Chuck E Cheese’s is one of the loudest places I’ve ever been. I don’t know if you’d call it a restaurant, they do have “pizza” so I guess so.
The one locally has a liquor license and sells beer too. I hesitate, however, to consider it a ‘bar’.
Hey it’s Miller time! What say we go knock back a few brewskis after work…want meet up at Chuck E Cheese?
I should be able to hear everyone at a six-person table who is speaking at a normal conversation volume. At a normal restaurant, not a sports bar. I think restaurants have gotten louder but I’m not exactly taking measurements.
I don’t tend to go to sports bars - I tend to boycott any restaurant where I can see a TV.
But a lot of restaurants are too loud. And we’ve started editing our dining for it. If we can’t go during off hours when its quieter, we choose a quieter restaurant (there are still a few). I went with a friend to a place where we both love the food - and we spend so much time shouting at each other that as soon as we ate, we left, and had drinks and dessert down the street at a much quieter place - and we won’t be returning during prime time - its too “hip” for us.
Dining out is about socializing. If I can’t talk to the people I’m dining with, I can cook at home or order takeout.
It’s not just the volume, it’s often the choice of music, too.
One time I stopped in at a little diner in Pennsylvania to get a coffee and a sandwich or something. There were like a half dozen other customers, all elderly people, two waitresses, both in their 60s I would guess, and one guy in the back manning the kitchen, a white guy also likely in his 60s. They were BLASTING what I assume was Katy Perry or Miley Cyrus or whatever the fuck. I asked one of the waitresses, “Do you even like this music?” Her reply was something to the effect of, “I prefer Patsy Cline.” “Then would you mind turning this off or putting on something else?” I asked. She looked at me like that had never even occurred to her. She winked at me and a few minutes later the music was completely off.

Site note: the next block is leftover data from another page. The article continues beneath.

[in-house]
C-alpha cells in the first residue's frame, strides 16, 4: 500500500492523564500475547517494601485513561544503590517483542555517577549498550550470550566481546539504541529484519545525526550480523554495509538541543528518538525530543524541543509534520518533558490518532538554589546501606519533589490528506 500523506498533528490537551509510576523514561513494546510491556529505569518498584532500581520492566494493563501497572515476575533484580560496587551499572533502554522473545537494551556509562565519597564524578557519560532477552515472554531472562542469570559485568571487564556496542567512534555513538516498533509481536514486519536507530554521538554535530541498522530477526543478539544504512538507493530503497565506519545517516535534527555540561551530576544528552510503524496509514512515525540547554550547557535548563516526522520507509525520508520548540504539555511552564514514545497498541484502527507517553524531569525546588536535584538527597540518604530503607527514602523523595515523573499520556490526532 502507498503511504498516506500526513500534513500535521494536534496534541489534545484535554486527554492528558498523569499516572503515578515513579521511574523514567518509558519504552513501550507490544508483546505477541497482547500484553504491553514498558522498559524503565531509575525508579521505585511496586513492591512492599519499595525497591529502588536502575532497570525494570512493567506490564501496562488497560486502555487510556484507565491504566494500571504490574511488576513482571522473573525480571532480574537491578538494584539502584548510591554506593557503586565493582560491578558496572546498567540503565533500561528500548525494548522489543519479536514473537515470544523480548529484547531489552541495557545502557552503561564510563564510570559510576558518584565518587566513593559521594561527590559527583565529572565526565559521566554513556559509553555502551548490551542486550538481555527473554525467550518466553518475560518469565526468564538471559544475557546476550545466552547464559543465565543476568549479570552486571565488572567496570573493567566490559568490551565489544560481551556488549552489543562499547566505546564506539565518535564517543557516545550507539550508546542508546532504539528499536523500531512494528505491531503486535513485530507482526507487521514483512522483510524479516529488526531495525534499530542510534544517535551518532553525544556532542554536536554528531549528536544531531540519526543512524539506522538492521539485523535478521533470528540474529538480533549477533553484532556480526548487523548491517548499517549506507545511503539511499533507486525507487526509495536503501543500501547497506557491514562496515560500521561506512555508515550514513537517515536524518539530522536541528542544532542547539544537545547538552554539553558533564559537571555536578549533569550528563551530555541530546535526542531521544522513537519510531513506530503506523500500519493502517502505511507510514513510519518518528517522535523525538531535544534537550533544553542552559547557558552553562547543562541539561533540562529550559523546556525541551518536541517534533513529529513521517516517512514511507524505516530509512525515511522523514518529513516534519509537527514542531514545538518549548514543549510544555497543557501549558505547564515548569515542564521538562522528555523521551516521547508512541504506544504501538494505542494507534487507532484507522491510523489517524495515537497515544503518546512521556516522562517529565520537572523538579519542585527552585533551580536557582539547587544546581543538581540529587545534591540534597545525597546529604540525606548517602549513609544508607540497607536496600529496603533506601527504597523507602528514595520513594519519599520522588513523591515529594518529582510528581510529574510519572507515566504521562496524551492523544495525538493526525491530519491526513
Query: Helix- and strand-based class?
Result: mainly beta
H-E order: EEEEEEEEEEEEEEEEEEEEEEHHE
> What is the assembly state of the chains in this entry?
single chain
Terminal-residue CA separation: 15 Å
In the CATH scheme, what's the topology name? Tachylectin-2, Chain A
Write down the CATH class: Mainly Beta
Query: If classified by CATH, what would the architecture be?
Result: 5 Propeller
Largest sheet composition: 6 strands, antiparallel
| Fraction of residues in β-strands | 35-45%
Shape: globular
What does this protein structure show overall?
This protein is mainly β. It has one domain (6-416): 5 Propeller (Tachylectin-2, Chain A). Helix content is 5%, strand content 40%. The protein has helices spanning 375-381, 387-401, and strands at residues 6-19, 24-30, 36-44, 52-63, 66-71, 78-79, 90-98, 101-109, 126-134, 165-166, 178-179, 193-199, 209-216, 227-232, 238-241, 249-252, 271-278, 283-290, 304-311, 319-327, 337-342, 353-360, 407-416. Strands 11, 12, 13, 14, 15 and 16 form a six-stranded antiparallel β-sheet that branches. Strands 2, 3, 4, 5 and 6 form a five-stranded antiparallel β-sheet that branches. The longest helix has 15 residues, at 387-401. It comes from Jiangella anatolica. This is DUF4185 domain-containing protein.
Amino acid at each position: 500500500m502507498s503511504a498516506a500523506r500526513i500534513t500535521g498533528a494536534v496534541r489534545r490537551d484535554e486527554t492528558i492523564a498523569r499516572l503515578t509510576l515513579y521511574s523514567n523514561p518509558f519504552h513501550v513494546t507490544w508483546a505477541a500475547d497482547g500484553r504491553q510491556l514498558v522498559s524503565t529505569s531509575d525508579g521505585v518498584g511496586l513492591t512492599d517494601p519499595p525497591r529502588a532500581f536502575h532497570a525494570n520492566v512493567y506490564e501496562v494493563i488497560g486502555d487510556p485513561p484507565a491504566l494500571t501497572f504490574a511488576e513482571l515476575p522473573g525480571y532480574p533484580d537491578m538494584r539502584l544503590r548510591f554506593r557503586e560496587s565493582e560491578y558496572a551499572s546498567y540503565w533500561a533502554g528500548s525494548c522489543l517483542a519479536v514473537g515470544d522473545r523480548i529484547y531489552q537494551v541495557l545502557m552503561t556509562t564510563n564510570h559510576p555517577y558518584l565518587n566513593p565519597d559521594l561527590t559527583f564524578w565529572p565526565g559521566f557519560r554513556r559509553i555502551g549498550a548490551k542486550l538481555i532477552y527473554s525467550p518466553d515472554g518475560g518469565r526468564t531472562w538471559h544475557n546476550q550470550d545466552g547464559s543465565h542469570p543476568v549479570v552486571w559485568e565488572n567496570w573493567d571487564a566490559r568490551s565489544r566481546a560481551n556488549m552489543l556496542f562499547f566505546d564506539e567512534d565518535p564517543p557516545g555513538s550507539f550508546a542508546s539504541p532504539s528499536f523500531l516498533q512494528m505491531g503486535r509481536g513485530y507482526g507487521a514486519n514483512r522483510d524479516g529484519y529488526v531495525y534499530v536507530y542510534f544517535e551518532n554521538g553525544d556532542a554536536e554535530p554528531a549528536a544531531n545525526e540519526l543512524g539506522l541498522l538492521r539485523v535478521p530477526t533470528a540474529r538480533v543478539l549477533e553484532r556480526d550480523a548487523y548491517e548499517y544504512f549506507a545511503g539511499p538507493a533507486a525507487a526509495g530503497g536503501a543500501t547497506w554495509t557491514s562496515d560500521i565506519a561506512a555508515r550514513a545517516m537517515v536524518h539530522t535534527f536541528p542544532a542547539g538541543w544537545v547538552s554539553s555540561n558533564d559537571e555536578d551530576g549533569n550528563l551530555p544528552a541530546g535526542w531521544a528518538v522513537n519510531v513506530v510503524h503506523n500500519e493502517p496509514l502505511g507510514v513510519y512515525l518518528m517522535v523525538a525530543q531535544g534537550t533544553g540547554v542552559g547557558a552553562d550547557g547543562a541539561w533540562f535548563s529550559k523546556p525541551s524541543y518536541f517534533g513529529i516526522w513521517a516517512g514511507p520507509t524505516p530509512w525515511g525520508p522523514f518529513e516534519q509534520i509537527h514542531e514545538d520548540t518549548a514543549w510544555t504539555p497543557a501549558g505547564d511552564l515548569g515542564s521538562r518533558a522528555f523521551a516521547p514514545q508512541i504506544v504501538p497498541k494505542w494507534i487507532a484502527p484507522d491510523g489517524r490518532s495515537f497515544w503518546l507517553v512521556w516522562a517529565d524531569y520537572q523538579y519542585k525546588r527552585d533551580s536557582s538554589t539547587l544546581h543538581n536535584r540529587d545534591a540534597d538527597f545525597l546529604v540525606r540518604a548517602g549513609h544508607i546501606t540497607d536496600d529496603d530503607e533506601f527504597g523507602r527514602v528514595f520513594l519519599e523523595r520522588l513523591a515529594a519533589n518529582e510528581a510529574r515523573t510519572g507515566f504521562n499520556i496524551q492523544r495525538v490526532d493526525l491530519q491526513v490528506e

I’ve tried this in other places since then, but that’s still the only time I’ve been able to get the terrible music turned down, or off.
I’m curious about the demographics of loud restaurants vs quiet ones. I suspect that loud restaurants are in part driven by customers who want a nightclub/restaurant hybrid that looks like an iPod. It would also line up with the demographics of restaurant workers.
There have been cases of brawls erupting at CECs. Beer is highly suspected as a factor.
Chuck E Cheese has been running ads about their new menu, meant to be more appealing to mothers and other adults.
Perhaps it’s too loud in here for you to hear what others have said? Have the OP repeat themselves a little louder for you.
I’ll be honest; I don’t follow every hyperlink people include in posts.
Last year I stepped into a Tilted Kilt pub with a friend just to see what the fuss was about. It was literally the loudest place I have ever been in, the entire place was blaring at full blast some hip-hop song and we literally had to get the waitress as close as possible to take our orders since everything was so loud. It was impossible to have an actual conversation with the person next to you it was so loud.
That’s what Dave & Busters is for…
A few months ago, I spent a few days at a casino near Memphis. It was mid week, mid morning, and the music was extremely loud, and they were playing some of the worst modern music.
I might have been the youngest person on the gaming floor at age 57. Who in the hell did TPTB think they were catering to?
I can understand their music choice if it were 11 pm, on Friday or Saturday night. But it was 10:30 am on a Wednesday, in mid September.